Nails by Jenny Meek, Classy Nails by Jenny, Fletcher, Okla.
OK. So — this whole feathers-in-the-hair thing, right? Like that wasn't already a fad back in the early ’80s ... and the ’70s ... and the ’60s. But I don't remember it in the ’90s so I guess we skipped a generation and now it's totally new again. That's cool. I dig 'em.
What I don't dig is being expected to do them.
I do nails. NAAAAAIIIIIILLLLLSSSS. It's a diphthong — let's enjoy it together: NAY-AAAALS. See? Diphthongs are fun.
Now, where are we putting these feathers? In HAIR. It's also a diphthong: HAY-ERRRR.
I don't do hair.
Yeah, I'm a capitalist. It's difficult for me to resist the temptation to cash in on the feather trend. It appears that I don't need a cosmetology license to do them in California so, technically, I could go down to the local fly-fishing shop and invest in a bunch of turkey feathers and make a mint.
But I'm not going to. No matter what at least one certain industry trade magazine suggests in their recent issue.
Back when the whole rockstar toe craze hit fast and hard (summer of '03 and '04 around here), hundreds (possibly thousands) of hairstylists who hadn't done a set of any sort of nails since their first week of beauty school went out and bought all the "stuff they needed" to do rockstar toes. They were all convinced that they were going to rake in the big bucks by doing sets of glitter toenails while their clients' color processed — after all, it's so easy and they could make like $50-$65 in 20 MINUTES! And, since a cosmetology license means they are legally "qualified" to do nails as well, and doing gels is "so easy," why not make all that extra money?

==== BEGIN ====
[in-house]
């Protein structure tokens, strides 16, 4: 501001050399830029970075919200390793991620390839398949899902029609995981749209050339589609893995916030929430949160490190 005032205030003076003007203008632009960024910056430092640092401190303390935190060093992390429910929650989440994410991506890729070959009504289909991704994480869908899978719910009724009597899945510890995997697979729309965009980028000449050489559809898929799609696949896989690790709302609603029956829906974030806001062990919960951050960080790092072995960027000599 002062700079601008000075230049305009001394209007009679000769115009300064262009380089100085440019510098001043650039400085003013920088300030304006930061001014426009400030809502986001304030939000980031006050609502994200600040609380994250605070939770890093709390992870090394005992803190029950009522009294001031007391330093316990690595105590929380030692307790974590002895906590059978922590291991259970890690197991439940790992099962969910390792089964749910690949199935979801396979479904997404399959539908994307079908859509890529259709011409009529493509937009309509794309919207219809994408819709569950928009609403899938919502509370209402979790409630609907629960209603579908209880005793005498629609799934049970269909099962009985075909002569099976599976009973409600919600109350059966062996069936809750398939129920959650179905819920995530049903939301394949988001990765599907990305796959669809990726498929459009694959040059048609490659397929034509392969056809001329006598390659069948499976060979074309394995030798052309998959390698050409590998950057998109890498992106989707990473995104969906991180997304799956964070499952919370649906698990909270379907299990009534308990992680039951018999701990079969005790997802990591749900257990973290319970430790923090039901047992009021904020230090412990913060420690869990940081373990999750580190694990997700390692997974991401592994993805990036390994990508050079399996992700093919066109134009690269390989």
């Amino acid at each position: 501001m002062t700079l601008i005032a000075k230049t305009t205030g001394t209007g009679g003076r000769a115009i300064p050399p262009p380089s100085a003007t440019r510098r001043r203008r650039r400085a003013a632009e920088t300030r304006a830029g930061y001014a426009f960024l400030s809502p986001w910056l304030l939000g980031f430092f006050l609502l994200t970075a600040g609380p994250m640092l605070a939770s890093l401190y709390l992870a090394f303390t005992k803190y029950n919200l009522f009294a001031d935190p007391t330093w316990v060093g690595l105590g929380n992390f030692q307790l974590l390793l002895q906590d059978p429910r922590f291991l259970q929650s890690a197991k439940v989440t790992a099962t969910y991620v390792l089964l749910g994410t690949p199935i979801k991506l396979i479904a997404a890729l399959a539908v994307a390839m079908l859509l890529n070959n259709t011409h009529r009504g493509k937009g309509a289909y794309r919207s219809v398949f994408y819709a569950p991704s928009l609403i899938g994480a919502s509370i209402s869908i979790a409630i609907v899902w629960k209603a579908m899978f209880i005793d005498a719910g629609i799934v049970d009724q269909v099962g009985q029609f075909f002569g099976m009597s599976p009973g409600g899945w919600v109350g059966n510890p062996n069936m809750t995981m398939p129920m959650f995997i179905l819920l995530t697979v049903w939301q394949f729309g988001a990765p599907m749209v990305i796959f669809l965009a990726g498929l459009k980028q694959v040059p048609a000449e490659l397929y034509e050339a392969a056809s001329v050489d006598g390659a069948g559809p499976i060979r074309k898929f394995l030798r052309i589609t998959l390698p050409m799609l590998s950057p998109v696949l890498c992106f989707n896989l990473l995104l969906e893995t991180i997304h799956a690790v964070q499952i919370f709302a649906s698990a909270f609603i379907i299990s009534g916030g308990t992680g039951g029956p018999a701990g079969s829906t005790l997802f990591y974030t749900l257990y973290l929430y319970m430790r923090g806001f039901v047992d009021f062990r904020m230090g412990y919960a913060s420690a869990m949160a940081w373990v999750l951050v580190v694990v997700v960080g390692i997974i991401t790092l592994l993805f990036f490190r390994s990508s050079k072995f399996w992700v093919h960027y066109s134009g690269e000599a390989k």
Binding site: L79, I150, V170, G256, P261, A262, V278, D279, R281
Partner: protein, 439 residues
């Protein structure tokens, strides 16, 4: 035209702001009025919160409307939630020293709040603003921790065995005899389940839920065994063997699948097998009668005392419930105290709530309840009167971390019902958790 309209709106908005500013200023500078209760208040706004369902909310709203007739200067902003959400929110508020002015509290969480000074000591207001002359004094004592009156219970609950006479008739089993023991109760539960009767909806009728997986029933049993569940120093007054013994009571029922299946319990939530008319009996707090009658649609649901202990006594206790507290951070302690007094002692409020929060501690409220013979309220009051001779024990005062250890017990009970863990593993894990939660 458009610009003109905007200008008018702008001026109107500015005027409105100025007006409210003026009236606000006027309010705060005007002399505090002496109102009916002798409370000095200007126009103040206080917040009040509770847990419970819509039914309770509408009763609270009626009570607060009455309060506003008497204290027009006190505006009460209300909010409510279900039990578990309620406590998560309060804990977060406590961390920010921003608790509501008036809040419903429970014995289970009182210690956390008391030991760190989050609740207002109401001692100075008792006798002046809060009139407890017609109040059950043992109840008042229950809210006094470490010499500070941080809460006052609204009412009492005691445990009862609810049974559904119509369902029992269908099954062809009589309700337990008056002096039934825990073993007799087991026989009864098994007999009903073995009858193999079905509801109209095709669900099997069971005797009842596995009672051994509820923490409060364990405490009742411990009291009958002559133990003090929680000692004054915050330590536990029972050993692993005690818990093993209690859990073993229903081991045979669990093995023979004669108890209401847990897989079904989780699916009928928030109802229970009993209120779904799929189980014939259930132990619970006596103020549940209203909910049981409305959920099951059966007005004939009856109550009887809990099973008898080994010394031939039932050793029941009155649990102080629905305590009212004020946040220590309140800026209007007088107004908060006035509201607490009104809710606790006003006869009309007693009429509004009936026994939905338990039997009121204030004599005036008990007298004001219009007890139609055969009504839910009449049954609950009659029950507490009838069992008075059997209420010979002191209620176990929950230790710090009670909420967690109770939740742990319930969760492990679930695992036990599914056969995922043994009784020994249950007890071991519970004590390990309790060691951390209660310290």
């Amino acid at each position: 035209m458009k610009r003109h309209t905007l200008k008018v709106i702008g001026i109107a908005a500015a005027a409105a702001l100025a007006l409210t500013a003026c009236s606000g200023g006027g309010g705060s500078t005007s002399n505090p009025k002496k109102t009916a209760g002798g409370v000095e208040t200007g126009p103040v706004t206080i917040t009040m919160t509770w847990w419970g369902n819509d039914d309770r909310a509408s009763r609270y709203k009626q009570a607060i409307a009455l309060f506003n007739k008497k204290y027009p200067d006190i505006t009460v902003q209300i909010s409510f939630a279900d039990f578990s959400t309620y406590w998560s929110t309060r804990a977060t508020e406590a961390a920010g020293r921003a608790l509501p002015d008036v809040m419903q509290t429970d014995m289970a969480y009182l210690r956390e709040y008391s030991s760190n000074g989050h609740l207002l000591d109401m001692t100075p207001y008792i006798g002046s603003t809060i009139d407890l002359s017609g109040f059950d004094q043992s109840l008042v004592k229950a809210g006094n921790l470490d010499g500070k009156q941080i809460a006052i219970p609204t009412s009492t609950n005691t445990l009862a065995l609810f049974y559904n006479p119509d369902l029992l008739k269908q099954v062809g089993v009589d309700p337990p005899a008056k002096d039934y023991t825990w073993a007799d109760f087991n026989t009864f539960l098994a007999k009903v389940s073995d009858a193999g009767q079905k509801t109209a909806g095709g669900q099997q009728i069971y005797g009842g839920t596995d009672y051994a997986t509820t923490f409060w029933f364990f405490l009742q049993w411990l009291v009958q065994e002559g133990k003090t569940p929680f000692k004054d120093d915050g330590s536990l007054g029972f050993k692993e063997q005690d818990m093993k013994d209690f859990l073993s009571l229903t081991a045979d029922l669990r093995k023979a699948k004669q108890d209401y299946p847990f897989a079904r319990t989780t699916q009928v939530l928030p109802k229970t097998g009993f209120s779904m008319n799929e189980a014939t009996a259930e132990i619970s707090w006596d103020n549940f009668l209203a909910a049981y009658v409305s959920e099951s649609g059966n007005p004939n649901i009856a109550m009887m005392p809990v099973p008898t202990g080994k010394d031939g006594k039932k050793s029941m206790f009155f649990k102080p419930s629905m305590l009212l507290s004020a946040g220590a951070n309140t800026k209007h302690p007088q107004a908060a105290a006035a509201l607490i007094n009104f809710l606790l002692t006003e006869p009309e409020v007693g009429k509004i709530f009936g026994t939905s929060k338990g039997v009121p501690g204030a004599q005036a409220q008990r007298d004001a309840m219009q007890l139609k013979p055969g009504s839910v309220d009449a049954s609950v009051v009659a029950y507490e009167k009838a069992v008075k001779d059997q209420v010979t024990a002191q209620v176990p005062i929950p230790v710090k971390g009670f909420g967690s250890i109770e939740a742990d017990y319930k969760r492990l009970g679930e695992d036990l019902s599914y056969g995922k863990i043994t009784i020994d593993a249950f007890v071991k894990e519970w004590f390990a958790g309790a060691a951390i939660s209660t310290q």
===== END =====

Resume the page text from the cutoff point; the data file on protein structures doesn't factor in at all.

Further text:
You know how many of those hairstylists I know who are still doing rockstar toes? Maybe one.
But the greater issue there was that the nail industry was abuzz with derision about these stylists who were stepping outside of their field of expertise to make a buck at the expense of a nail tech somewhere else who actually had experience and knowledge of doing gel nails, just because they legally could.
What's the difference if we start trying to horn in on another industry's fad?
Just because you can, doesn't always mean you should. But I'm more than willing to put feathers in your nails!